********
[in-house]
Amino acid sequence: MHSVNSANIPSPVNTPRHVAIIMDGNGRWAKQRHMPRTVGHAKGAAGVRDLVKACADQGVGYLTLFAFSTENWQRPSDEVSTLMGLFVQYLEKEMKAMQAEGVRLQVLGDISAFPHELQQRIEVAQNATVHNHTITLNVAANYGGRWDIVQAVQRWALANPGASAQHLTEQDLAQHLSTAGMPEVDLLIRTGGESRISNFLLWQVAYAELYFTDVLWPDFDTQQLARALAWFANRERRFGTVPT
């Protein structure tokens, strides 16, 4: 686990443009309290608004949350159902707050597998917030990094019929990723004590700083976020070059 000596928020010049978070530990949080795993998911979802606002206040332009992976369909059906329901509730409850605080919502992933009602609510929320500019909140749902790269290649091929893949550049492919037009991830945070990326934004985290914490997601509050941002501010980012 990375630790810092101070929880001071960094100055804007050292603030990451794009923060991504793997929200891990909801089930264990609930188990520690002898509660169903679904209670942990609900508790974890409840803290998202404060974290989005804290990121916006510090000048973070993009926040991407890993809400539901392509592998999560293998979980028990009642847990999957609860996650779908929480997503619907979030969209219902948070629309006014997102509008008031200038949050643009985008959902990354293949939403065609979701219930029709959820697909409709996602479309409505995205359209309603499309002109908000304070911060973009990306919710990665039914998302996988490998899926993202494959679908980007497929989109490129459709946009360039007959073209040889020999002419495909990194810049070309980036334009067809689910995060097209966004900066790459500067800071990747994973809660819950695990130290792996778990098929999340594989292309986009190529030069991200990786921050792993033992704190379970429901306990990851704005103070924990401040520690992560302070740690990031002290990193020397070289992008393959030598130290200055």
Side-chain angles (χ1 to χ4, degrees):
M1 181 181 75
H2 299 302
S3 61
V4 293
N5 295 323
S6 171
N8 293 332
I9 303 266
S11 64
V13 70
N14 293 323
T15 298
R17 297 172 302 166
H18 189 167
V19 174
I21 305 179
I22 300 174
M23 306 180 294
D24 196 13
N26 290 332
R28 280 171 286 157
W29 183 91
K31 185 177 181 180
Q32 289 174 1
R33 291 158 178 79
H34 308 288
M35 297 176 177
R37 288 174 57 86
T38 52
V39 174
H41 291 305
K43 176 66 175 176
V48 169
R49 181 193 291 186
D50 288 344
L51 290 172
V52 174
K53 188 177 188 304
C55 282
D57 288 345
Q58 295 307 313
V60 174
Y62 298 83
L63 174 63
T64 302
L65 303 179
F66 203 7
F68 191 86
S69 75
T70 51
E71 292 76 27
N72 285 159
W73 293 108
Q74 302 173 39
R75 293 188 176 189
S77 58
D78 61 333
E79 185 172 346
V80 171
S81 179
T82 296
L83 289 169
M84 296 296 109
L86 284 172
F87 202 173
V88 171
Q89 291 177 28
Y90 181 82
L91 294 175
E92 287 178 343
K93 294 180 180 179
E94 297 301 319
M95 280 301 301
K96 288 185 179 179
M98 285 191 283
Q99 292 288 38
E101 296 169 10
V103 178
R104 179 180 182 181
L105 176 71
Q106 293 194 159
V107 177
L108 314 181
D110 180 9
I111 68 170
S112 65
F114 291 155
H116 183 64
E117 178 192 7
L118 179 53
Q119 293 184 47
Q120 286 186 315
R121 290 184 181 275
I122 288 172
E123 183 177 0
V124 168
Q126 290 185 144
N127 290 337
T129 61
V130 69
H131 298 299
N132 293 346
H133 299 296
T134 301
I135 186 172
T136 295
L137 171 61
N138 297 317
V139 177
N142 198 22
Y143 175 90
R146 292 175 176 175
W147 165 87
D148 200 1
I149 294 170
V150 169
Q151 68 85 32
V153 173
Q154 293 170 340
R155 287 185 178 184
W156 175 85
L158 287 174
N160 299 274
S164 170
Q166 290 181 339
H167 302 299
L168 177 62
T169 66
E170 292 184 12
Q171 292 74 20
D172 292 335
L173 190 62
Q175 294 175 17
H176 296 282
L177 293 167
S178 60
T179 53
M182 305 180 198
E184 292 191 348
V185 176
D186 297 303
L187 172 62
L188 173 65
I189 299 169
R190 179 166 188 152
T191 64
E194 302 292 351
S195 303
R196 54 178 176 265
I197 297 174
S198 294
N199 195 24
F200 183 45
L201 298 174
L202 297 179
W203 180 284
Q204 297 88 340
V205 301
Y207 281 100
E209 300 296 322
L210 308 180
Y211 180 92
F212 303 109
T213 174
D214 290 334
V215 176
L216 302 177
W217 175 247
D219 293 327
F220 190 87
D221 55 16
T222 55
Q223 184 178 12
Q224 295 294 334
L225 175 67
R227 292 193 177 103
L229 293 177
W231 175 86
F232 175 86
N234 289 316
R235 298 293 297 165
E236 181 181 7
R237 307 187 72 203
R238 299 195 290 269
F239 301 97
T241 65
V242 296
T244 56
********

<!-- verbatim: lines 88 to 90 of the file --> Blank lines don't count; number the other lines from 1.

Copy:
D110 180 9
I111 68 170
S112 65